How-To & Diy

How to Prep Cardoons

May 30, 2013

Inspired by conversations on the Food52 Hotline, we're sharing tips and tricks that make navigating all of our kitchens easier and more fun.

Today: Now that we've told you all about cardoons, here's why you should be buying them -- and how to deal with them once you start. 

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Cardoons are a funny vegetable. By the looks of them, you'd think they wouldn't care whether they were picked up at a market or passed over in favor of something livelier, better looking. Think about it: at a market stand lush with produce, do you choose the ripe, inviting strawberries, or the spiny cardoons that look a little too much like celery with armor? We don't blame you -- cardoons, in raw form, look like they might be ready for attack. 

However easy it is to dream of what you'll do with those strawberries, next time you're at the market, consider cardoons. Under the far-sexier name cardi or cardone, people lunching on the coast of Italy under ivy-covered pergolas order these. Does that help? Buy the cardoons. Trust us. 

What are cardoons, anyway?
Cardoons go way back -- as in, Caecilius and his pater ate them in reclined positions on low couches somewhere in Ancient Rome. They'd be served alongside watered wine; and that's how you should eat them, too, minus the water. (If you can find someone to fan you, all the better.)

When cooked properly, cardoons get a creamy interior that will taste very much like an artichoke, which brings us to step one. Before you do anything, make an acidulated water bath just like you would for their spiny cousin. Without it, the stalks will discolor after you peel and cut them.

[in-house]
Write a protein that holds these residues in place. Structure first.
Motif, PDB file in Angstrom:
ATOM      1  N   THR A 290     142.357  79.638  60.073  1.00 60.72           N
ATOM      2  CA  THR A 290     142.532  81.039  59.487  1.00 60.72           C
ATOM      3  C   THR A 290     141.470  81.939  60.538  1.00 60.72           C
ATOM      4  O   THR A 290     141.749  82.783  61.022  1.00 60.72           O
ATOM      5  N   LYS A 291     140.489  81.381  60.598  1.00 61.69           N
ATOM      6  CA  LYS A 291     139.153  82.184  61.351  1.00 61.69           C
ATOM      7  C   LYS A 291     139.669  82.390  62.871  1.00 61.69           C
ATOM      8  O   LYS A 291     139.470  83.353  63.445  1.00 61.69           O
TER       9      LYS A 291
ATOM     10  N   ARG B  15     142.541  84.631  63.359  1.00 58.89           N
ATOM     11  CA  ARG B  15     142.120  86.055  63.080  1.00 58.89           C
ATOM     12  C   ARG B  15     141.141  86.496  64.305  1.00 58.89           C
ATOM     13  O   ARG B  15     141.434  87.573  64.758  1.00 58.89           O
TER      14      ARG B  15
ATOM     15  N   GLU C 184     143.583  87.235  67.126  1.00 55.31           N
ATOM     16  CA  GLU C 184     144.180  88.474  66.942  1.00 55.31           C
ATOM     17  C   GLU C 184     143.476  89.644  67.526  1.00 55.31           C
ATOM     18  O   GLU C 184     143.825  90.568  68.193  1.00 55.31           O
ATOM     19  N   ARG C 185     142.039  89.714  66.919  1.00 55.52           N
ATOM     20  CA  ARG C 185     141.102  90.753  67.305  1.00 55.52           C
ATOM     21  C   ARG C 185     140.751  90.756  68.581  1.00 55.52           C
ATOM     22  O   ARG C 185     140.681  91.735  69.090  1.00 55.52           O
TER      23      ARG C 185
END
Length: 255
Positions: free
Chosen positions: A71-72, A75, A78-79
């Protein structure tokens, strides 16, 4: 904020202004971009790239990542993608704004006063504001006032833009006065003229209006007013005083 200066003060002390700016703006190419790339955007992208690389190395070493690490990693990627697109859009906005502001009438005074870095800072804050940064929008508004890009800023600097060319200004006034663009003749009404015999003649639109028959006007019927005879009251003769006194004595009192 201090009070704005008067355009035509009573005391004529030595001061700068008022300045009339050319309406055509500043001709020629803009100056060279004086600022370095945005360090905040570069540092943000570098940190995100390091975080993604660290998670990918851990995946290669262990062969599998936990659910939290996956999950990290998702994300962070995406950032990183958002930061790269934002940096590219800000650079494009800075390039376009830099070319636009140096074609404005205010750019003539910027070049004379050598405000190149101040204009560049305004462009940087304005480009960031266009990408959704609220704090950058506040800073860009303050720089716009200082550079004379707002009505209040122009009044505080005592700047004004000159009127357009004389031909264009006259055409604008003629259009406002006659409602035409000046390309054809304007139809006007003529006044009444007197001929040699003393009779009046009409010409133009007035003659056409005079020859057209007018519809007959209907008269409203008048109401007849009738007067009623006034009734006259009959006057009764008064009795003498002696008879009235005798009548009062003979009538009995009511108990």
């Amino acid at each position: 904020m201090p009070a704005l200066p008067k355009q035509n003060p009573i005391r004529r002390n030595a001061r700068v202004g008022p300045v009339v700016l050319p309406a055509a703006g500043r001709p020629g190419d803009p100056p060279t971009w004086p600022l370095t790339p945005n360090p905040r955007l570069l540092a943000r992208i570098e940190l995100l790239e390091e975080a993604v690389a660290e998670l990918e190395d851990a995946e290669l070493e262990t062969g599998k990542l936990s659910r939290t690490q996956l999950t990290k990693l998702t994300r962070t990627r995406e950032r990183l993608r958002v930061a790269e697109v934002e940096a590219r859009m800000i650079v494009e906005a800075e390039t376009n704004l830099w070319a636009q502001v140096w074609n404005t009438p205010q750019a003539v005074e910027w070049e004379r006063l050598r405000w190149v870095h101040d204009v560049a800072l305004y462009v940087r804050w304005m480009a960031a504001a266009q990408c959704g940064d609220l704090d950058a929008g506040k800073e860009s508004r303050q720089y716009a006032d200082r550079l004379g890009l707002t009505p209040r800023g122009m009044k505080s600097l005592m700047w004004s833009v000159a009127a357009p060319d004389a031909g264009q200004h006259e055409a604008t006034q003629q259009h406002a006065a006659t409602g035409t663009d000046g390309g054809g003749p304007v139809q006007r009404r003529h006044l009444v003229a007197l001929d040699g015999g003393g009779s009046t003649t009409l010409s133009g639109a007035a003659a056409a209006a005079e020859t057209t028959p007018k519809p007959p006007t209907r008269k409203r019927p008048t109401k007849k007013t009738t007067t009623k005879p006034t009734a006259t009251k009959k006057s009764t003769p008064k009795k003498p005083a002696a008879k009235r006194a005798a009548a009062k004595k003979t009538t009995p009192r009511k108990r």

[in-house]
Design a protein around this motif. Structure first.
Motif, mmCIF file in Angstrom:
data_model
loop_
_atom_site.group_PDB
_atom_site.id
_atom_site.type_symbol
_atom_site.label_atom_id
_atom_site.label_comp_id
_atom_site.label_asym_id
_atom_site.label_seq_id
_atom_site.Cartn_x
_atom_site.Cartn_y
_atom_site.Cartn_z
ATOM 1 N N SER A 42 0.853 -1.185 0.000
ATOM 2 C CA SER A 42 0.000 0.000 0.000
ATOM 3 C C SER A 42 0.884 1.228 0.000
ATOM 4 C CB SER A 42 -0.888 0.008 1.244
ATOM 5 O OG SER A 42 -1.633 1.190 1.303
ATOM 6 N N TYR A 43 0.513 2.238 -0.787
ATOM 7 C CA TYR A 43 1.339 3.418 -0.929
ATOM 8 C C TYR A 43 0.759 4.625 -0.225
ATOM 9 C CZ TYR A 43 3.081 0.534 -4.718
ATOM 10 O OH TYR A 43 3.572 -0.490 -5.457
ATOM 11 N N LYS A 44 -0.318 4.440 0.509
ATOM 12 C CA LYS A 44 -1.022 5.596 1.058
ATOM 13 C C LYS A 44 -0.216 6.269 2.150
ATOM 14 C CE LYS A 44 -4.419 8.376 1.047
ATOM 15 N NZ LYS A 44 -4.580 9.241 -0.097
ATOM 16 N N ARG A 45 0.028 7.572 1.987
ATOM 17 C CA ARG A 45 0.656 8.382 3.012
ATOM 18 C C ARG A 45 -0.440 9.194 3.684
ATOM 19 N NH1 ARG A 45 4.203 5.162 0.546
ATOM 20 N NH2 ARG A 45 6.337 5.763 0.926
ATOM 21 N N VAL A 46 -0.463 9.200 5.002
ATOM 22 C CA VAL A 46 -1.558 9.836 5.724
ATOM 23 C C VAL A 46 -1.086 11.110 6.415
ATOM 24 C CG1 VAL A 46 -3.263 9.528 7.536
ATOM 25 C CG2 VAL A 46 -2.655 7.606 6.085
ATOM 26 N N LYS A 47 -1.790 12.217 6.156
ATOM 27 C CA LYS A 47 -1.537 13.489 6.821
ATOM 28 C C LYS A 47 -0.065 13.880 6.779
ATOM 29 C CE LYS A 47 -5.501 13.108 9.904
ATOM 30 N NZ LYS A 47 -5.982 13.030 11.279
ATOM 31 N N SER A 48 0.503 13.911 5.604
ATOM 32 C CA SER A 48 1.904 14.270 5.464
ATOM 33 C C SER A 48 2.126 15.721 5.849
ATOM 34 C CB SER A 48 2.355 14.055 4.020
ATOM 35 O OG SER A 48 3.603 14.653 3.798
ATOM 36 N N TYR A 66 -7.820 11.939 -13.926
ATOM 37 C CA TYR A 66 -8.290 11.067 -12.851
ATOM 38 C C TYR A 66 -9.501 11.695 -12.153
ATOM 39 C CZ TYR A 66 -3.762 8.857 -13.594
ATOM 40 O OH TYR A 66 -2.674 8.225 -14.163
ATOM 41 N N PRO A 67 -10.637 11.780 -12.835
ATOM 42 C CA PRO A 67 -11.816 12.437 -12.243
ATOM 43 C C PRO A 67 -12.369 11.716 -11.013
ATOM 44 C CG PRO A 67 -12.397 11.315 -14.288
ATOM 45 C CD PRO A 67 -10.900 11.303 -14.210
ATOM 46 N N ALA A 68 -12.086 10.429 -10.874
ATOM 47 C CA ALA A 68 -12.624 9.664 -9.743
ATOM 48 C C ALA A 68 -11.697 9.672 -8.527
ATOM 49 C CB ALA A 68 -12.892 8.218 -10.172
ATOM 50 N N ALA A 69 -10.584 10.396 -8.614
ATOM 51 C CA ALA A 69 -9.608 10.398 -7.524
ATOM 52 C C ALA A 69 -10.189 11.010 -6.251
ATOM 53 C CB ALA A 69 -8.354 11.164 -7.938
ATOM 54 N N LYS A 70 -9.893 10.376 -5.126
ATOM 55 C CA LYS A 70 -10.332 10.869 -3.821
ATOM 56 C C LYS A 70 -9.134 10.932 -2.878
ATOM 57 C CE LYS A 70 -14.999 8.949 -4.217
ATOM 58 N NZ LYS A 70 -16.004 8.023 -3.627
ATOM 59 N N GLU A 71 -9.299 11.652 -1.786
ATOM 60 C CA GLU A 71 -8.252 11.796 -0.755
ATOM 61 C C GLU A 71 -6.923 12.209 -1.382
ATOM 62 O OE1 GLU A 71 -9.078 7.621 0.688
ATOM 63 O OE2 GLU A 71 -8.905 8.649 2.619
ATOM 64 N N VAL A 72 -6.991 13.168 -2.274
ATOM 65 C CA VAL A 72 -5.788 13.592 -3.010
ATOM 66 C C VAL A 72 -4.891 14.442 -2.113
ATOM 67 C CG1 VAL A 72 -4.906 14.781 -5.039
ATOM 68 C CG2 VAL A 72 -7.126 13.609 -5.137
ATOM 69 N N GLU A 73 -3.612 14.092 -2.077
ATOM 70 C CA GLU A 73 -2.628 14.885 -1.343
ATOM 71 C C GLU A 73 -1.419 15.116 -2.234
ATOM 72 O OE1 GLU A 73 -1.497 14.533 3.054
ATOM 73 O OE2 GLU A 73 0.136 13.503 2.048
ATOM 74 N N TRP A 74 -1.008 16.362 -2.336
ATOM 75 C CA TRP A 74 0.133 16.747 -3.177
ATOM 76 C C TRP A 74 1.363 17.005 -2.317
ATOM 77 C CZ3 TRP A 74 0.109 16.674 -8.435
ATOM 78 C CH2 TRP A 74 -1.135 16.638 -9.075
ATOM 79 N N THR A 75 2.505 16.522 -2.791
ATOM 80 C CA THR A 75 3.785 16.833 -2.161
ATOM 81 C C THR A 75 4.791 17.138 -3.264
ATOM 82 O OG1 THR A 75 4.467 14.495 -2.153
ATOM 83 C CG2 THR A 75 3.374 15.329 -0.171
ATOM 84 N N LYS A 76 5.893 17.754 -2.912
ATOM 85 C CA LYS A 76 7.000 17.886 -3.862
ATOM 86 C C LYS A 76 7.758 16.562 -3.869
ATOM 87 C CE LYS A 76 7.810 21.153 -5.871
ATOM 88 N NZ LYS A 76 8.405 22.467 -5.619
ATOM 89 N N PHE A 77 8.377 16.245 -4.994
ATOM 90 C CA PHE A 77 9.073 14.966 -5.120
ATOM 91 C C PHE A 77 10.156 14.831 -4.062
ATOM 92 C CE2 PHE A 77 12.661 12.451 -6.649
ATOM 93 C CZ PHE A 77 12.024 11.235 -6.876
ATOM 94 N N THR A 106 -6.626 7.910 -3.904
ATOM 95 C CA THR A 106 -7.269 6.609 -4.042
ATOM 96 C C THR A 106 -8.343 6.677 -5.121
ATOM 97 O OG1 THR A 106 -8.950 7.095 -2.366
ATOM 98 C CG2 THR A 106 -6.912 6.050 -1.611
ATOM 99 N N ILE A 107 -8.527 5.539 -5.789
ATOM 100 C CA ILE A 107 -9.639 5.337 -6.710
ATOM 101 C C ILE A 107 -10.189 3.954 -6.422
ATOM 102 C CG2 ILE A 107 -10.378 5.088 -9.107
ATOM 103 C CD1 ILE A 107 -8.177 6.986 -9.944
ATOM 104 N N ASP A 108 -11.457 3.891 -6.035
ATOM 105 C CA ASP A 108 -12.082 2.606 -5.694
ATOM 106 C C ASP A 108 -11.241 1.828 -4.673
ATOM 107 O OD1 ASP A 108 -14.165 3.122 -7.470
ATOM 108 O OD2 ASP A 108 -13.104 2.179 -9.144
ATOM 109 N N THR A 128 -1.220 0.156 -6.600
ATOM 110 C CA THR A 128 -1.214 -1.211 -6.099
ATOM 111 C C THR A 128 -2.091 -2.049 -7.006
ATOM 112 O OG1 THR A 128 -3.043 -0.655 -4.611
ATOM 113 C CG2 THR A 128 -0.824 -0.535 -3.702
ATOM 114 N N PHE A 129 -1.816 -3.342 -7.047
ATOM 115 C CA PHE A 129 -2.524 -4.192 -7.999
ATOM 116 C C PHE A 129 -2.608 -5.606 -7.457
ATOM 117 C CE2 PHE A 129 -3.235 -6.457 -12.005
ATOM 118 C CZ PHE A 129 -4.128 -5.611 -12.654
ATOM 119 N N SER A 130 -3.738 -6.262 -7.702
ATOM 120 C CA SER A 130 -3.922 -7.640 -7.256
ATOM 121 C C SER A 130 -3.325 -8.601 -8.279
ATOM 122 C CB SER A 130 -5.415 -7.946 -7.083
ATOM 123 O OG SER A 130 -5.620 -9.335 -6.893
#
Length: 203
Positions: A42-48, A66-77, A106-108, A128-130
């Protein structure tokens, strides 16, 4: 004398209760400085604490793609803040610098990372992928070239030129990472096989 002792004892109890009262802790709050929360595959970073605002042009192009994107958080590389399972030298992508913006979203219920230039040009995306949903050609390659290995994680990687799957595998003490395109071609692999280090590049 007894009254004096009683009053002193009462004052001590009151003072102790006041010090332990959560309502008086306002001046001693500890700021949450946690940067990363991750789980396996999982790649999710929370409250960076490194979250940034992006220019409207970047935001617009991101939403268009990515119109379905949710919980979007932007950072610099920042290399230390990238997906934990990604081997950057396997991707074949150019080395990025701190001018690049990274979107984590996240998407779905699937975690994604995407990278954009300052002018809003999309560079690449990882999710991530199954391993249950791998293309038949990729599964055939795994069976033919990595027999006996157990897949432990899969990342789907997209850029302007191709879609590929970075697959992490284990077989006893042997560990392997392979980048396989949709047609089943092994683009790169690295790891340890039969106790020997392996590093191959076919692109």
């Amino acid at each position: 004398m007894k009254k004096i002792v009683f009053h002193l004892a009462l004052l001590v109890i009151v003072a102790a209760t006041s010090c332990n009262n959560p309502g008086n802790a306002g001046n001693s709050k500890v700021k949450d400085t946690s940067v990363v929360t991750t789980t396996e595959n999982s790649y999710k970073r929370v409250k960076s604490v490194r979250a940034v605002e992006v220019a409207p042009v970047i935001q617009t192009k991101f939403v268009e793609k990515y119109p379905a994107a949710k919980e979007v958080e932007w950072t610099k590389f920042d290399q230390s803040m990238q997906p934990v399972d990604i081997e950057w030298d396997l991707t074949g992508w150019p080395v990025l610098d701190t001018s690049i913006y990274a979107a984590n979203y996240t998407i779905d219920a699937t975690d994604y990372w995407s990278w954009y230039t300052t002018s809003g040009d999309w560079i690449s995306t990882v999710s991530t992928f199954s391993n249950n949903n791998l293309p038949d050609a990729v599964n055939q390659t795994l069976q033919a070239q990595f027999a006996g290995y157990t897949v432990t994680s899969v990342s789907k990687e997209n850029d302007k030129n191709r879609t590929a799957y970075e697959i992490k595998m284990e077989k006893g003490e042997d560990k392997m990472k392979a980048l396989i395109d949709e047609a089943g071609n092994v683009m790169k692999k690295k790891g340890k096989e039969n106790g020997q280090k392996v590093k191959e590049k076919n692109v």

More: Prepping actual artichokes? Here's how. 

Then, separate each of your stalks from the whole bunch. (Think celery.) 

Working one stalk at a time, trim both ends. 


To remove the sharp thorns and outer leaves, run a sharp knife down the edge of each cardoon. Then repeat on the other side.

Using a peeler on the remaining exterior of each stalk will remove the tough and stringy outer layer. If you're making anything other than soup, you'll want to do this. 

And you're done! Cut them to whatever size your recipe specifies, and drop them immediately into your water bath. 


Once you shed their armor, you can braise them, or parboil them and dip them in bagna cauda. Deep fry them if you're feeling all carpe diem. Then go to the market for more.

Photos by James Ransom 

See what other Food52 readers are saying.

  • Annie
  • LauriL
  • Dorie Colangelo
    Dorie Colangelo
  • ChefJune
  • Kenzi Wilbur
    Kenzi Wilbur
Kenzi Wilbur

Written by: Kenzi Wilbur

I have a thing for most foods topped with a fried egg, a strange disdain for overly soupy tomato sauce, and I can never make it home without ripping off the end of a newly-bought baguette. I like spoons very much.


Annie March 15, 2021
Welp.....I have successfully grown (very easy to germinate btw)....about 12 cardoon plants and 12 artichoke plants...always looking for new ways to transport butter into my pie-hole....I hope to have these plants come back year after year....Thank you for the info....I had never even heard of them before....(cardoons i mean) I’m mad for artichoke so I ‘m really looking forward to this adventure......
LauriL May 30, 2013
Have never seen these at a Ct farmers market but then again I've never heard of them either!! Always looking for new things though!
Dorie C. May 30, 2013
My Sicilian mom breads and fries her cardoons. I have never seen this veg at a store but when I do, I'll carry on her cardoon tradition.
ChefJune May 30, 2013
What a great article about a much overlooked and tasty vegetable. Are you currently finding cardoons in the market? I've always thought of them as a winter vegetable. When I worked with them last winter at Plum Kitchen in Lyon, they turned our fingers black. :( I'd advise wearing gloves.
Kenzi W. May 30, 2013
So glad you liked it! And you should still be able to find them, yes. For a bit more growing and sourcing info, see our Down & Dirty piece from yesterday, here: